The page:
Writing a Business Thank You E-mail
There was a time when sending a business thank you email was considered inappropriate. Today, however, it is fine to use email as a way of sending a quick thank you.
I want to go over some etiquette tips for writing thank you letters via e-mail, but first, here is a list of sample thank you e-mails that you can use as an example for your own professional correspondence.
Business Thank You E-Mail Examples
Sample Thank You E-Mail for Meetings
Read sample letters to say thanks for participating in an important meeting.
Customer Thank You E-Mails
Show your important customers how grateful you are for their continued business.
Donation Thank You E-Mail Examples
Ensure continued support from your donors by writing gracious thank you letters.
Retirement Thank You Letters
Retiring? Read example letters saying thanks to colleagues and bosses for providing a great work environment.
Mentor Thank You E-Mails
Few things are as valuable in business as a good mentor. Read example letters for thanking your mentor.
Thank You E-Mails to Colleagues
Read general thank you letter templates for sending to colleagues.
Networking Thank You E-Mails
Keep in touch with professional contacts when networking.
Alright. When writing a thank you e-mail in a professional setting, there are several things to keep in mind.
There is a good chance that the recipient of your email gets a LOT of email every day. This is one reason why it is so important to include a subject line that will make it clear what your e-mail is about. This will give the recipient a general idea of the contents.
Something like “A Quick Thank You: Interview for Design Position” is perfect for the subject line. The recipient knows you’re just writing to say thanks, and they know what you’re thanking them for.
It’ll get opened.
Use Standard Business Language
Because shooting off an email feels more casual than writing a business letter, some make the mistake of using language that is overly friendly or much too casual. This includes the greeting and salutation as well as the body of the note.
For example, do not use “Hi, Mike!” instead opt for the more formal, “Dear Mike”. When closing, choose “Sincerely” over “Thanks Again”.
For a list of nice professional valedictions, check out: Letter Closings and Sign Offs.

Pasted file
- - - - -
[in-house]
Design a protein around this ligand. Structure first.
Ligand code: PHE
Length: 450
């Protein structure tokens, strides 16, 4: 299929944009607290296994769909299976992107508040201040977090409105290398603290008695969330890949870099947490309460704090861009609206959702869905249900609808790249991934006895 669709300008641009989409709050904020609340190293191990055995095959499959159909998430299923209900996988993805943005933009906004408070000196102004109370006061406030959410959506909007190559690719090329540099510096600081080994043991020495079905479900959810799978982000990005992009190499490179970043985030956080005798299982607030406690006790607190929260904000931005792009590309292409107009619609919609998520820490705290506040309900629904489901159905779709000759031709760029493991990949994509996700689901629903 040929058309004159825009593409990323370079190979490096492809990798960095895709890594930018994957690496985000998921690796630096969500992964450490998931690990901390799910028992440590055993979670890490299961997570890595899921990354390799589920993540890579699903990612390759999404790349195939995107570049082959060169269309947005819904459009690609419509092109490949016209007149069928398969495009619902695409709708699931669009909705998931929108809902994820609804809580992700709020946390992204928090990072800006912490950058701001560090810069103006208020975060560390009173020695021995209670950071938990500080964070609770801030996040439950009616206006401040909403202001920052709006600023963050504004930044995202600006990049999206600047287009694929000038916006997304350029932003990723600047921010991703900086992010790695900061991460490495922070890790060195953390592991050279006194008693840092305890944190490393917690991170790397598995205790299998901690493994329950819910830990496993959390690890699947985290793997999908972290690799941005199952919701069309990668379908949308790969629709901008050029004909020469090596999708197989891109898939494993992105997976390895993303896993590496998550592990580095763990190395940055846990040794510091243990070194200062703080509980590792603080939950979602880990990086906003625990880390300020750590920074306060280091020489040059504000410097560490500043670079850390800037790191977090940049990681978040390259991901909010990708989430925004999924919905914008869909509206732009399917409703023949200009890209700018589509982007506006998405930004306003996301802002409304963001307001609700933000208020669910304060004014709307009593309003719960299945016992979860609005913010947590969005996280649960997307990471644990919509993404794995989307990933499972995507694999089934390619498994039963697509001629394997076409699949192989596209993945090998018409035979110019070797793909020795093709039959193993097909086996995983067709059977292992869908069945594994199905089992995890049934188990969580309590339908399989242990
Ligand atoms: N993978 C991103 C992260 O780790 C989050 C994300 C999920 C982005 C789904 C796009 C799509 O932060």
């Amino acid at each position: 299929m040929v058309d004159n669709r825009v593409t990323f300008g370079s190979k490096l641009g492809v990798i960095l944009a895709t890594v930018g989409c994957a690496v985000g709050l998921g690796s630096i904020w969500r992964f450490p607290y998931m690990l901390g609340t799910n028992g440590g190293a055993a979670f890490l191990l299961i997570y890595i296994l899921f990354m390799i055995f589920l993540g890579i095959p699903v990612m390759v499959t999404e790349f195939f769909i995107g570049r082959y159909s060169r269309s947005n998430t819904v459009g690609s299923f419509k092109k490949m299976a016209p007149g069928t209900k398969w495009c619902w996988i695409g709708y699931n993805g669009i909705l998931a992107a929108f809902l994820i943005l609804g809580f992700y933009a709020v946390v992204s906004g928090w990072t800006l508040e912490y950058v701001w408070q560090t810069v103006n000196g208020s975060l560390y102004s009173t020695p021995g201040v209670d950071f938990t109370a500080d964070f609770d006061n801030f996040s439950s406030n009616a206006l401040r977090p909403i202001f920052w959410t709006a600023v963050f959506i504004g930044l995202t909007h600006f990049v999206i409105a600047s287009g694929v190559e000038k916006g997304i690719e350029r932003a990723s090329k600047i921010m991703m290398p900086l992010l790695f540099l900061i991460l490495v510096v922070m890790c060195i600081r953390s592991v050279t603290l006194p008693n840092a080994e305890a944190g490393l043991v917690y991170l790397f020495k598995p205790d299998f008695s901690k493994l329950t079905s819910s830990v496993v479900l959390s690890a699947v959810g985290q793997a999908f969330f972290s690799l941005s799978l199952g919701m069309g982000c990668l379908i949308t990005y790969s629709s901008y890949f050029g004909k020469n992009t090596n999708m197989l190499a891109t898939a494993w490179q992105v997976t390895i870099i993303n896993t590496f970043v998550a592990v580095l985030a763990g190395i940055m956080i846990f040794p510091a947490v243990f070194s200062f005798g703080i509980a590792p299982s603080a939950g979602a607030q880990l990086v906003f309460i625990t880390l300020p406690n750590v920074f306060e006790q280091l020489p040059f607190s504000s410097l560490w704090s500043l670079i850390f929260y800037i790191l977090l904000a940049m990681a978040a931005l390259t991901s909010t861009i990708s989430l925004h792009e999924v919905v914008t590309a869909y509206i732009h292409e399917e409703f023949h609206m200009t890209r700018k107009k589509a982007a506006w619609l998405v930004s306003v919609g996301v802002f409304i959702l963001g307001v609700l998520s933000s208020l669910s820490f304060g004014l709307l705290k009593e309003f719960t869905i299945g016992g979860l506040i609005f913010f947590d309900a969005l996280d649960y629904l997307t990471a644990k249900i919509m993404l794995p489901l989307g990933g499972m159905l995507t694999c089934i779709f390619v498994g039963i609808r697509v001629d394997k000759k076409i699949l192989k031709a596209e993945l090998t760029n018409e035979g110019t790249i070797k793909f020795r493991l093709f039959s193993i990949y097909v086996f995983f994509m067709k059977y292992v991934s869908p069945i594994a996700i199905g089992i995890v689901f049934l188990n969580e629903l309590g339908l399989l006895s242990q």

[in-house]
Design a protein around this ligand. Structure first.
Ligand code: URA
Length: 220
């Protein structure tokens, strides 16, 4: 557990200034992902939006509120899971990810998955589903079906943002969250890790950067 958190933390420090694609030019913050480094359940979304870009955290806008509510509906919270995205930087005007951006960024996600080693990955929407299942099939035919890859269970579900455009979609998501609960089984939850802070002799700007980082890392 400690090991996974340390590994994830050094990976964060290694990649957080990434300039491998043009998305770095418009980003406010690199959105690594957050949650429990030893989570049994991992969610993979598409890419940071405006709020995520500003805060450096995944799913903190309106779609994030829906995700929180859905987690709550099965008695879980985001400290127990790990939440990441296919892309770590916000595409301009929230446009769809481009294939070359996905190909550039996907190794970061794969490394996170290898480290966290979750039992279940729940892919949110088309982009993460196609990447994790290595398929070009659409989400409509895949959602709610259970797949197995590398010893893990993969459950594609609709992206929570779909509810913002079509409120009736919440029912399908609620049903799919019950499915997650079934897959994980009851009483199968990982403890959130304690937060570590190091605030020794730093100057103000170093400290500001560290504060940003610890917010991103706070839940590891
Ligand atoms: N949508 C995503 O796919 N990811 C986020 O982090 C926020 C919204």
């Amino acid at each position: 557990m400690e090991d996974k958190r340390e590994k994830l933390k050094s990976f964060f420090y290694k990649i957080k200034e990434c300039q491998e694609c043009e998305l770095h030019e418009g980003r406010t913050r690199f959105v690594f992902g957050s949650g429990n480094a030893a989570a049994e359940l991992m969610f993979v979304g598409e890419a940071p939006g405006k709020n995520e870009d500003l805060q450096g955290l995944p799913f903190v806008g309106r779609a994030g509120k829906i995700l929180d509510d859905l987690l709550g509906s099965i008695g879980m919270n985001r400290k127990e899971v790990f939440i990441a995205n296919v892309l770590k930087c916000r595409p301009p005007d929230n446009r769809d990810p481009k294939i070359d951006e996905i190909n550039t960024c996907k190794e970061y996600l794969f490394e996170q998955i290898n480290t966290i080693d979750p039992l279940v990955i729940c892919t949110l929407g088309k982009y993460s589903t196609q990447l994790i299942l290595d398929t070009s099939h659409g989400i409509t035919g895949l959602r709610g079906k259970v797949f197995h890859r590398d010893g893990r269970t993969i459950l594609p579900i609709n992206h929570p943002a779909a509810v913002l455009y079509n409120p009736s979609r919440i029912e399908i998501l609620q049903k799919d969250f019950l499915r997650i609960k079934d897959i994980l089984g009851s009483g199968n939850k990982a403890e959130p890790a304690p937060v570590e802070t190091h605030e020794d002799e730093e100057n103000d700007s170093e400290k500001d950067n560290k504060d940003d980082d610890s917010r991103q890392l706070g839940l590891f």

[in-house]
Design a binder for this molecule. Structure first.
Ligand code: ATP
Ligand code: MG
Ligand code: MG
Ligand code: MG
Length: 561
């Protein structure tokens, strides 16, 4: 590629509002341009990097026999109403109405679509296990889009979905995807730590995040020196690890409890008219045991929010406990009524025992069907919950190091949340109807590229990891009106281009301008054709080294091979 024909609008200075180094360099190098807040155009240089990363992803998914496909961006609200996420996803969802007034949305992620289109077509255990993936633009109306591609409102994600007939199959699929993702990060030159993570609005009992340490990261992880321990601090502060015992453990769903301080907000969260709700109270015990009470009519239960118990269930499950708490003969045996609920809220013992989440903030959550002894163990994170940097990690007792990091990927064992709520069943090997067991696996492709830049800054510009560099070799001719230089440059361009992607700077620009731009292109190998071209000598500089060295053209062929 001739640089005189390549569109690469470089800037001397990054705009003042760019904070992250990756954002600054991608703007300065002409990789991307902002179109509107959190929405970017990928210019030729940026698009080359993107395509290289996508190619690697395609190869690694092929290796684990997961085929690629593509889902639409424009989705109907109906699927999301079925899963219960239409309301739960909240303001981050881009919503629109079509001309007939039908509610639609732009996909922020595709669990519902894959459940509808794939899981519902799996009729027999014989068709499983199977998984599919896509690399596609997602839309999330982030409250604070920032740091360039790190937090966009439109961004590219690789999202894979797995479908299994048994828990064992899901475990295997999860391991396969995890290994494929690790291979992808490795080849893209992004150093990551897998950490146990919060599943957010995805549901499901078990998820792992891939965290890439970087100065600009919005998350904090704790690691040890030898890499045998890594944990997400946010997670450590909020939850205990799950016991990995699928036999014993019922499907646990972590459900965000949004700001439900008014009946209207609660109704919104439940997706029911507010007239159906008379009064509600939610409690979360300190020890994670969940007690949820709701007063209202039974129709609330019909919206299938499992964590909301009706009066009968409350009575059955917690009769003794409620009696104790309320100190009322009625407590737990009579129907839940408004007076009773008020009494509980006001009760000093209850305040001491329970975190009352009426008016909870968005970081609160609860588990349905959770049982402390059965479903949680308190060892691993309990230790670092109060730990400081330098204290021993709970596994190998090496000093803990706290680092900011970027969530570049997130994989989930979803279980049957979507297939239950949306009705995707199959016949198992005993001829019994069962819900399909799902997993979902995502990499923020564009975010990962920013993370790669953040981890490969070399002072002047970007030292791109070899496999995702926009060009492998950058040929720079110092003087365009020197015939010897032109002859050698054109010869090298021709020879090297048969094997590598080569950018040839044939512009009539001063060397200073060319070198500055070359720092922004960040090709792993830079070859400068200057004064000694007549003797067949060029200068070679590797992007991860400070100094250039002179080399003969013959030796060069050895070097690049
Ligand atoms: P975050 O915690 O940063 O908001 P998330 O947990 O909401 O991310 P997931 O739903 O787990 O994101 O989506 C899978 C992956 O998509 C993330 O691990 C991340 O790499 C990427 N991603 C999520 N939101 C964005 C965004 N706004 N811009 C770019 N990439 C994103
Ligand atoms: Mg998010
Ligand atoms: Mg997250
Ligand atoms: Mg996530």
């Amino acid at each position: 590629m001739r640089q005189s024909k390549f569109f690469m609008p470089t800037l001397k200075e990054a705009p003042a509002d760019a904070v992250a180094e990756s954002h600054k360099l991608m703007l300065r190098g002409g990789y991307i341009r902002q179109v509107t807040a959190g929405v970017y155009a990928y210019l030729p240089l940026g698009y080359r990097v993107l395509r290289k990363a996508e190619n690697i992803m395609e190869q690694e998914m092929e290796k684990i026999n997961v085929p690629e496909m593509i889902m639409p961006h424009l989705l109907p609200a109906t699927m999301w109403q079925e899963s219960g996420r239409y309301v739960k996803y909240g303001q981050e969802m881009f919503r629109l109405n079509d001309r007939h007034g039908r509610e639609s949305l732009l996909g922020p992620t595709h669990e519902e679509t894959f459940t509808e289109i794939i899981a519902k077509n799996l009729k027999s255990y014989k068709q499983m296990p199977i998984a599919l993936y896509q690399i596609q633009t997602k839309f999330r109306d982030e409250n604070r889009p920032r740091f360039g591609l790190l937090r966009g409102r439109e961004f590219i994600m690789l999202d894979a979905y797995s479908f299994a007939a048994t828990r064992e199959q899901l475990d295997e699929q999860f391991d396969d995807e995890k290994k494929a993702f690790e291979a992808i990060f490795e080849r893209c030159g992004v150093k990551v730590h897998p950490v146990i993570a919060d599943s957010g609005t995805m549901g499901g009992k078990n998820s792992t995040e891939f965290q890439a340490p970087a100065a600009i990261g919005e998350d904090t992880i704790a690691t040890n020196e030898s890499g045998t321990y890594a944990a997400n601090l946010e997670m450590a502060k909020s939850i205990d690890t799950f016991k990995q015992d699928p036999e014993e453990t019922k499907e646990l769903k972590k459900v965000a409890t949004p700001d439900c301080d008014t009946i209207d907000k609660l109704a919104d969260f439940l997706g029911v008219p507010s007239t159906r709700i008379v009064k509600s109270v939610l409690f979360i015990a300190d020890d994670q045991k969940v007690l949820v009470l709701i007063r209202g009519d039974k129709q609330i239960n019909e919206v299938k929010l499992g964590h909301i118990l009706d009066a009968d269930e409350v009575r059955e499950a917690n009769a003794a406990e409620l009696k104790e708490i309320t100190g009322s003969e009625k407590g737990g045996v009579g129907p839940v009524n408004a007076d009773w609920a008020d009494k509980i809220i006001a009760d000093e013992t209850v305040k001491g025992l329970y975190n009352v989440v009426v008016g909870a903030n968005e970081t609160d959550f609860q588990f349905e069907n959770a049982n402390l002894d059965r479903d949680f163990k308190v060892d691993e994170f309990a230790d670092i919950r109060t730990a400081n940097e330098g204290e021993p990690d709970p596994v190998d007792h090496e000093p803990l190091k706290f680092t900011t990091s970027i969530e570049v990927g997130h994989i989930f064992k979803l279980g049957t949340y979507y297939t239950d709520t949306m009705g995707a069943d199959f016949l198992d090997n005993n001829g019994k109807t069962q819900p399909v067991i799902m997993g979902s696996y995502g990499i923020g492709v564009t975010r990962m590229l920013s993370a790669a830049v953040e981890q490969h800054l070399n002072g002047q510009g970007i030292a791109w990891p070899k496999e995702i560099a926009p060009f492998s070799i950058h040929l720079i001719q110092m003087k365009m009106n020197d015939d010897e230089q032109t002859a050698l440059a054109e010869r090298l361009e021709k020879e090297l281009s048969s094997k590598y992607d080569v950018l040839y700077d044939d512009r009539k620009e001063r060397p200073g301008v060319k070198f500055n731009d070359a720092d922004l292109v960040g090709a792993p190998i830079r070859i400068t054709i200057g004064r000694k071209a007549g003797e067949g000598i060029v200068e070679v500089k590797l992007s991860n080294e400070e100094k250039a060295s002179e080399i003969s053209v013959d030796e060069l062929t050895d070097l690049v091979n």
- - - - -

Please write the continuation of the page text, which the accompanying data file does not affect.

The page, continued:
In the body of the business thank you email, be sure to keep the language formal and business appropriate.
Keep it Short
As mentioned above, the person who will receive your thank you email probably gets a lot of mail each day. Whether sending a thank you email or a traditional business thank you note, one important rule of thumb is to keep the message short. Anything more than three to four short paragraphs is likely too long.
If your note is too long it may not even be read. Keep it short and sweet.
Group Thank You Emails
Is there is ever a time when it is appropriate to send a group business email thank you?
Tradition would say no, and that all thank you notes should be written to individual people. If, however, you feel that your situation calls for a group email be sure that the note does not include anything that singles out one individual over another.
Read over the email and make sure it is perfectly suited for every recipient. If not, scrap it and choose individual thank you notes instead.
Your Email Signature
If you are sending a professional email from a personal account that includes an automatic signature, be sure to check that the signature is appropriate for business correspondence.
You probably wouldn’t be the first person to send a business thank you email with the signature that read “Party Gurl 4Eva”, but that probably won’t help you to establish the kind of image that you are hoping to create.
A great idea for an email signature on a business thank you email is simply your address, phone number an email address. This will allow the recipient to get in touch with you without having to search for your contact information.
A thank you email is a quick and efficient way to send thank you notes for a job interview or to clients and prospective clients. Just be sure to follow the general rules of business etiquette so that you can cement the type of image that you hope to portray.